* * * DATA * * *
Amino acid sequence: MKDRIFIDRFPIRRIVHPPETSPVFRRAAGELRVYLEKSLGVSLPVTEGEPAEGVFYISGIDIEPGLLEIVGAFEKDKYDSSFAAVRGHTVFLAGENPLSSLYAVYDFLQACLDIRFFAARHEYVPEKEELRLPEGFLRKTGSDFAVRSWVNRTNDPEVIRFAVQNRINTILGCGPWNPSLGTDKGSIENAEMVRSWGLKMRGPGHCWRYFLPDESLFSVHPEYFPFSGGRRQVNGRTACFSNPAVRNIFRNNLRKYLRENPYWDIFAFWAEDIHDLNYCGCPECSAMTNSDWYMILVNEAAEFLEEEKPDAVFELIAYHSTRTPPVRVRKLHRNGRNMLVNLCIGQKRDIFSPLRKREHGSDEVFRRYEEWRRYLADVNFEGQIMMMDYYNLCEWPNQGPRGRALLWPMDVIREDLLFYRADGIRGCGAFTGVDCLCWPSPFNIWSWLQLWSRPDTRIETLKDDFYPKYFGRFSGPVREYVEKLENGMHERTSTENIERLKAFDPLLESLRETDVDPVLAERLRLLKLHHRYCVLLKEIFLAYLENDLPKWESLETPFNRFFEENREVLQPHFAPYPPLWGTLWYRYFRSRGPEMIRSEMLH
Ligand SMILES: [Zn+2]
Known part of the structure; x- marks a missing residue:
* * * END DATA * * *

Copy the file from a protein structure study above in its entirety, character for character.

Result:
Amino acid sequence: MKDRIFIDRFPIRRIVHPPETSPVFRRAAGELRVYLEKSLGVSLPVTEGEPAEGVFYISGIDIEPGLLEIVGAFEKDKYDSSFAAVRGHTVFLAGENPLSSLYAVYDFLQACLDIRFFAARHEYVPEKEELRLPEGFLRKTGSDFAVRSWVNRTNDPEVIRFAVQNRINTILGCGPWNPSLGTDKGSIENAEMVRSWGLKMRGPGHCWRYFLPDESLFSVHPEYFPFSGGRRQVNGRTACFSNPAVRNIFRNNLRKYLRENPYWDIFAFWAEDIHDLNYCGCPECSAMTNSDWYMILVNEAAEFLEEEKPDAVFELIAYHSTRTPPVRVRKLHRNGRNMLVNLCIGQKRDIFSPLRKREHGSDEVFRRYEEWRRYLADVNFEGQIMMMDYYNLCEWPNQGPRGRALLWPMDVIREDLLFYRADGIRGCGAFTGVDCLCWPSPFNIWSWLQLWSRPDTRIETLKDDFYPKYFGRFSGPVREYVEKLENGMHERTSTENIERLKAFDPLLESLRETDVDPVLAERLRLLKLHHRYCVLLKEIFLAYLENDLPKWESLETPFNRFFEENREVLQPHFAPYPPLWGTLWYRYFRSRGPEMIRSEMLH
Ligand SMILES: [Zn+2]
Known part of the structure; x- marks a missing residue: